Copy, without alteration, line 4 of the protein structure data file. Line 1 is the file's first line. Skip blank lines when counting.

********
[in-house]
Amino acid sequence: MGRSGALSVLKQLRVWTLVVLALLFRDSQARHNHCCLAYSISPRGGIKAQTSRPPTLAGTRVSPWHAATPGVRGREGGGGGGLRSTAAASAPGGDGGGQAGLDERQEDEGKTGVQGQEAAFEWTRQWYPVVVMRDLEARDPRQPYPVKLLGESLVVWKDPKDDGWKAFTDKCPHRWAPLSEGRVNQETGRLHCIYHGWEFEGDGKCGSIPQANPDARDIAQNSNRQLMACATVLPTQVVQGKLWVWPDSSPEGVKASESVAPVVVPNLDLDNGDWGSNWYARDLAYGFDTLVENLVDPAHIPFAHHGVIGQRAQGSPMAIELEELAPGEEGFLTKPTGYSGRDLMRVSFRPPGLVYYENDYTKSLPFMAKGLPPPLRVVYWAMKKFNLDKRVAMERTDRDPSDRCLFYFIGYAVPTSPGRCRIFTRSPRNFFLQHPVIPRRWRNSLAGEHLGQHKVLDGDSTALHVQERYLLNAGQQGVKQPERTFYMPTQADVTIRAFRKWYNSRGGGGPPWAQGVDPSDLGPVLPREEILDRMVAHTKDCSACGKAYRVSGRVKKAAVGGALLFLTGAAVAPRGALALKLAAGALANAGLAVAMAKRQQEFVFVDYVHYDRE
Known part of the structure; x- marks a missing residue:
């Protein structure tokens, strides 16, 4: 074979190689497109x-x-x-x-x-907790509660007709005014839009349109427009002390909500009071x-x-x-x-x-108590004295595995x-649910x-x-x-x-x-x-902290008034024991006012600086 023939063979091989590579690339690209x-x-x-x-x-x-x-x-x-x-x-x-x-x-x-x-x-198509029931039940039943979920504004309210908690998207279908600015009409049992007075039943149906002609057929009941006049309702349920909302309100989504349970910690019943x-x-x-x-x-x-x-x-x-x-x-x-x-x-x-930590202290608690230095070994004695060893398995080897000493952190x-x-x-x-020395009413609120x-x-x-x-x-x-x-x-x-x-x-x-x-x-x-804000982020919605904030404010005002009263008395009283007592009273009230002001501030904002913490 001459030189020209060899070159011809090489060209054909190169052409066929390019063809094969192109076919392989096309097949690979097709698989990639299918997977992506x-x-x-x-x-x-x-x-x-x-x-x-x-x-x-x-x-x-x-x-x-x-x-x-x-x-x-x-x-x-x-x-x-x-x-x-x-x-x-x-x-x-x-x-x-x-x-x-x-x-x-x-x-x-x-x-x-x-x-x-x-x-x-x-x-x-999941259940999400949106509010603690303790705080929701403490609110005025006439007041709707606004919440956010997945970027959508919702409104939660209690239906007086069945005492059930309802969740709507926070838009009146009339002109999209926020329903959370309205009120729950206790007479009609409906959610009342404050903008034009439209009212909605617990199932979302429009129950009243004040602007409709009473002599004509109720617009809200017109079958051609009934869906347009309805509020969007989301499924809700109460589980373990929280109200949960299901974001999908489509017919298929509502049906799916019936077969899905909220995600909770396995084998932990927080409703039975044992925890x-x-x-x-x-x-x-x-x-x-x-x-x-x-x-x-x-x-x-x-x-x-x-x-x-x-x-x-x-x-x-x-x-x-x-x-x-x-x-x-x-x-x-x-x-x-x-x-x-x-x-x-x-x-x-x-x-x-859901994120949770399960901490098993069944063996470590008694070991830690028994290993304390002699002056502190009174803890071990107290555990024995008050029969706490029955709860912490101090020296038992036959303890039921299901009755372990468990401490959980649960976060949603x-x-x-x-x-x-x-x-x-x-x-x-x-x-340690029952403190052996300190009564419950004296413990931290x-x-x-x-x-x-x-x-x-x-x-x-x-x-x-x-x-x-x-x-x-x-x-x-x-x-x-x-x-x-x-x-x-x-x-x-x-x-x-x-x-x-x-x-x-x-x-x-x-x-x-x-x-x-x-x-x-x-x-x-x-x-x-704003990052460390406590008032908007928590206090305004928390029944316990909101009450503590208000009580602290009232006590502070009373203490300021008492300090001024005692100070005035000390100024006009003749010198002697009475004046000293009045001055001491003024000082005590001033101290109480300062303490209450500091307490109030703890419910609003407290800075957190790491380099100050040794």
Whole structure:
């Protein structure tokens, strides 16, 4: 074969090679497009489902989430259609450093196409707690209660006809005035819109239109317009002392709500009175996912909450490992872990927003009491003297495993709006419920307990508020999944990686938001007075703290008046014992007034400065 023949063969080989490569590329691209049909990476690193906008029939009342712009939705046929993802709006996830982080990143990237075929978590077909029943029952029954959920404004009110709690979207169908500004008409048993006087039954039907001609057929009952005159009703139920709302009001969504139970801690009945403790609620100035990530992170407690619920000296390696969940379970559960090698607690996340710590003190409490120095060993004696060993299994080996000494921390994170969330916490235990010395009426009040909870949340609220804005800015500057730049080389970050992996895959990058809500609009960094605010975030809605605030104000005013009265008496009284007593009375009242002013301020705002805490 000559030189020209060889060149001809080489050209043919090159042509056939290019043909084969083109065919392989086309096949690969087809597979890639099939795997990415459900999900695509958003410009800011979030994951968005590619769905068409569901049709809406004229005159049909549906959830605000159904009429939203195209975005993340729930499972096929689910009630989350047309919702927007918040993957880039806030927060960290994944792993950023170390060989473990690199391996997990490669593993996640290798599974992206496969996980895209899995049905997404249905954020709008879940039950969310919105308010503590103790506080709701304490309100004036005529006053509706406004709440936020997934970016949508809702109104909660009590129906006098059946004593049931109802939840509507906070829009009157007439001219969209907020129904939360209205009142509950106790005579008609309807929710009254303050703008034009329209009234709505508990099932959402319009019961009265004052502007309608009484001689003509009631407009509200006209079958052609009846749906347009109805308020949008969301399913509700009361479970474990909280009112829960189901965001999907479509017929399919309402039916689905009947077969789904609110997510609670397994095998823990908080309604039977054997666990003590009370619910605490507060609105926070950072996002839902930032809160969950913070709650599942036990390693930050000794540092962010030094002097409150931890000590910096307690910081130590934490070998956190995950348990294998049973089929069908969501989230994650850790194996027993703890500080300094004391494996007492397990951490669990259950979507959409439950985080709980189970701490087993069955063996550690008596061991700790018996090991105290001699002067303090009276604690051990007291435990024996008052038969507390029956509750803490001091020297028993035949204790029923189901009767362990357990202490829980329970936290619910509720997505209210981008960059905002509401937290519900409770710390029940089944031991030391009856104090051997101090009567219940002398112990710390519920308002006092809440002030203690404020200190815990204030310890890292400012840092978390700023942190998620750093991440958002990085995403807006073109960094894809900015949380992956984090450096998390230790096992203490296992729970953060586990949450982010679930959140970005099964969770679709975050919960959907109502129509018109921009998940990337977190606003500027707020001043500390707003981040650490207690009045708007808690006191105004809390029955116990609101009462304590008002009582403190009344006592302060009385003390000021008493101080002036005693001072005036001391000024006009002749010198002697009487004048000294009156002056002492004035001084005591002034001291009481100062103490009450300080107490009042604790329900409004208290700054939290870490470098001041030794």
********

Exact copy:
């Protein structure tokens, strides 16, 4: 074979190689497109x-x-x-x-x-907790509660007709005014839009349109427009002390909500009071x-x-x-x-x-108590004295595995x-649910x-x-x-x-x-x-902290008034024991006012600086 023939063979091989590579690339690209x-x-x-x-x-x-x-x-x-x-x-x-x-x-x-x-x-198509029931039940039943979920504004309210908690998207279908600015009409049992007075039943149906002609057929009941006049309702349920909302309100989504349970910690019943x-x-x-x-x-x-x-x-x-x-x-x-x-x-x-930590202290608690230095070994004695060893398995080897000493952190x-x-x-x-020395009413609120x-x-x-x-x-x-x-x-x-x-x-x-x-x-x-804000982020919605904030404010005002009263008395009283007592009273009230002001501030904002913490 001459030189020209060899070159011809090489060209054909190169052409066929390019063809094969192109076919392989096309097949690979097709698989990639299918997977992506x-x-x-x-x-x-x-x-x-x-x-x-x-x-x-x-x-x-x-x-x-x-x-x-x-x-x-x-x-x-x-x-x-x-x-x-x-x-x-x-x-x-x-x-x-x-x-x-x-x-x-x-x-x-x-x-x-x-x-x-x-x-x-x-x-x-999941259940999400949106509010603690303790705080929701403490609110005025006439007041709707606004919440956010997945970027959508919702409104939660209690239906007086069945005492059930309802969740709507926070838009009146009339002109999209926020329903959370309205009120729950206790007479009609409906959610009342404050903008034009439209009212909605617990199932979302429009129950009243004040602007409709009473002599004509109720617009809200017109079958051609009934869906347009309805509020969007989301499924809700109460589980373990929280109200949960299901974001999908489509017919298929509502049906799916019936077969899905909220995600909770396995084998932990927080409703039975044992925890x-x-x-x-x-x-x-x-x-x-x-x-x-x-x-x-x-x-x-x-x-x-x-x-x-x-x-x-x-x-x-x-x-x-x-x-x-x-x-x-x-x-x-x-x-x-x-x-x-x-x-x-x-x-x-x-x-x-859901994120949770399960901490098993069944063996470590008694070991830690028994290993304390002699002056502190009174803890071990107290555990024995008050029969706490029955709860912490101090020296038992036959303890039921299901009755372990468990401490959980649960976060949603x-x-x-x-x-x-x-x-x-x-x-x-x-x-340690029952403190052996300190009564419950004296413990931290x-x-x-x-x-x-x-x-x-x-x-x-x-x-x-x-x-x-x-x-x-x-x-x-x-x-x-x-x-x-x-x-x-x-x-x-x-x-x-x-x-x-x-x-x-x-x-x-x-x-x-x-x-x-x-x-x-x-x-x-x-x-x-704003990052460390406590008032908007928590206090305004928390029944316990909101009450503590208000009580602290009232006590502070009373203490300021008492300090001024005692100070005035000390100024006009003749010198002697009475004046000293009045001055001491003024000082005590001033101290109480300062303490209450500091307490109030703890419910609003407290800075957190790491380099100050040794």